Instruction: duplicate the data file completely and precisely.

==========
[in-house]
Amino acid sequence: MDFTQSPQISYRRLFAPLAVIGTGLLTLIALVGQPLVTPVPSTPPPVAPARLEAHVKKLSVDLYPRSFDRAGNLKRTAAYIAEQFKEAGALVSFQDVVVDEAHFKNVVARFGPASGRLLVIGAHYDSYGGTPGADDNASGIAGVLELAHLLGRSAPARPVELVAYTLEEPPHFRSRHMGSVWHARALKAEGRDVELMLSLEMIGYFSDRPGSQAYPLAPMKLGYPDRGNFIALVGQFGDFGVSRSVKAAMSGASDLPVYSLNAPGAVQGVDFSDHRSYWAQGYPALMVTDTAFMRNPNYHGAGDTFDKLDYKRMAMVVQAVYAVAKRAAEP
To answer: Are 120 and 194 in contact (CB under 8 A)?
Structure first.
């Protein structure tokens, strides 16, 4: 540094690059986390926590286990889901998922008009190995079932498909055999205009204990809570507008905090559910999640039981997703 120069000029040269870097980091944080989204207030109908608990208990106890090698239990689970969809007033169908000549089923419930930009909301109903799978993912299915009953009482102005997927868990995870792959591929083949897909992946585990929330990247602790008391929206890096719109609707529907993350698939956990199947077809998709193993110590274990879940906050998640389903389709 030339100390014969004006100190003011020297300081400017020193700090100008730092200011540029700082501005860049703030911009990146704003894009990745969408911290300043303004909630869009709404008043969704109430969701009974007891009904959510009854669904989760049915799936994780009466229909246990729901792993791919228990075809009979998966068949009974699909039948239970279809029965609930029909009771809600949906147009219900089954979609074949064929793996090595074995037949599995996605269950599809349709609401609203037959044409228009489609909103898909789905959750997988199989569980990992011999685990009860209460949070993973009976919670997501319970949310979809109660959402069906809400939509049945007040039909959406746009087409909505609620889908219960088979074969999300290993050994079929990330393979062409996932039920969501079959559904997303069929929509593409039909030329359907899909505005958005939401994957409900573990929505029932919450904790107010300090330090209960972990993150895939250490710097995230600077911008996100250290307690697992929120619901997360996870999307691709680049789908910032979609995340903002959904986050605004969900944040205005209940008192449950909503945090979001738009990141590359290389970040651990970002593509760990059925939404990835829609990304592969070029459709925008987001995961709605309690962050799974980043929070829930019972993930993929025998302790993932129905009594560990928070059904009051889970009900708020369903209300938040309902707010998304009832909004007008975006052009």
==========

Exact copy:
[in-house]
Amino acid sequence: MDFTQSPQISYRRLFAPLAVIGTGLLTLIALVGQPLVTPVPSTPPPVAPARLEAHVKKLSVDLYPRSFDRAGNLKRTAAYIAEQFKEAGALVSFQDVVVDEAHFKNVVARFGPASGRLLVIGAHYDSYGGTPGADDNASGIAGVLELAHLLGRSAPARPVELVAYTLEEPPHFRSRHMGSVWHARALKAEGRDVELMLSLEMIGYFSDRPGSQAYPLAPMKLGYPDRGNFIALVGQFGDFGVSRSVKAAMSGASDLPVYSLNAPGAVQGVDFSDHRSYWAQGYPALMVTDTAFMRNPNYHGAGDTFDKLDYKRMAMVVQAVYAVAKRAAEP
To answer: Are 120 and 194 in contact (CB under 8 A)?
Structure first.
């Protein structure tokens, strides 16, 4: 540094690059986390926590286990889901998922008009190995079932498909055999205009204990809570507008905090559910999640039981997703 120069000029040269870097980091944080989204207030109908608990208990106890090698239990689970969809007033169908000549089923419930930009909301109903799978993912299915009953009482102005997927868990995870792959591929083949897909992946585990929330990247602790008391929206890096719109609707529907993350698939956990199947077809998709193993110590274990879940906050998640389903389709 030339100390014969004006100190003011020297300081400017020193700090100008730092200011540029700082501005860049703030911009990146704003894009990745969408911290300043303004909630869009709404008043969704109430969701009974007891009904959510009854669904989760049915799936994780009466229909246990729901792993791919228990075809009979998966068949009974699909039948239970279809029965609930029909009771809600949906147009219900089954979609074949064929793996090595074995037949599995996605269950599809349709609401609203037959044409228009489609909103898909789905959750997988199989569980990992011999685990009860209460949070993973009976919670997501319970949310979809109660959402069906809400939509049945007040039909959406746009087409909505609620889908219960088979074969999300290993050994079929990330393979062409996932039920969501079959559904997303069929929509593409039909030329359907899909505005958005939401994957409900573990929505029932919450904790107010300090330090209960972990993150895939250490710097995230600077911008996100250290307690697992929120619901997360996870999307691709680049789908910032979609995340903002959904986050605004969900944040205005209940008192449950909503945090979001738009990141590359290389970040651990970002593509760990059925939404990835829609990304592969070029459709925008987001995961709605309690962050799974980043929070829930019972993930993929025998302790993932129905009594560990928070059904009051889970009900708020369903209300938040309902707010998304009832909004007008975006052009």